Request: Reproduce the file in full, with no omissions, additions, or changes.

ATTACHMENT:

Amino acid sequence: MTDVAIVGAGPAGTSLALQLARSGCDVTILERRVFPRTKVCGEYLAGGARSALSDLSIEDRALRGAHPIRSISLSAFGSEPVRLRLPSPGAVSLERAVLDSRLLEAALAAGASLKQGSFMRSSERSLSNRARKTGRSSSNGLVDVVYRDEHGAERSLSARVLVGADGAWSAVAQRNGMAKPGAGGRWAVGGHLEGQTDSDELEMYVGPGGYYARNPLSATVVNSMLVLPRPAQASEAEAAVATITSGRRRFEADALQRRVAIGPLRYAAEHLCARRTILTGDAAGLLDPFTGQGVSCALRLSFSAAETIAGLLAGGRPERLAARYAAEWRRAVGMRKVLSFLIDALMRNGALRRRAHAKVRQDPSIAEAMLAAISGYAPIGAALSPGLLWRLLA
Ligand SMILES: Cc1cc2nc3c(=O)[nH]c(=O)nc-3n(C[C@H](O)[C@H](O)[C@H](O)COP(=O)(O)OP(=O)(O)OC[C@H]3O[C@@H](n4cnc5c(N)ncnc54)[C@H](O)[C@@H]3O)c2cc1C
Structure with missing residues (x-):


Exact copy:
Amino acid sequence: MTDVAIVGAGPAGTSLALQLARSGCDVTILERRVFPRTKVCGEYLAGGARSALSDLSIEDRALRGAHPIRSISLSAFGSEPVRLRLPSPGAVSLERAVLDSRLLEAALAAGASLKQGSFMRSSERSLSNRARKTGRSSSNGLVDVVYRDEHGAERSLSARVLVGADGAWSAVAQRNGMAKPGAGGRWAVGGHLEGQTDSDELEMYVGPGGYYARNPLSATVVNSMLVLPRPAQASEAEAAVATITSGRRRFEADALQRRVAIGPLRYAAEHLCARRTILTGDAAGLLDPFTGQGVSCALRLSFSAAETIAGLLAGGRPERLAARYAAEWRRAVGMRKVLSFLIDALMRNGALRRRAHAKVRQDPSIAEAMLAAISGYAPIGAALSPGLLWRLLA
Ligand SMILES: Cc1cc2nc3c(=O)[nH]c(=O)nc-3n(C[C@H](O)[C@H](O)[C@H](O)COP(=O)(O)OP(=O)(O)OC[C@H]3O[C@@H](n4cnc5c(N)ncnc54)[C@H](O)[C@@H]3O)c2cc1C
Structure with missing residues (x-):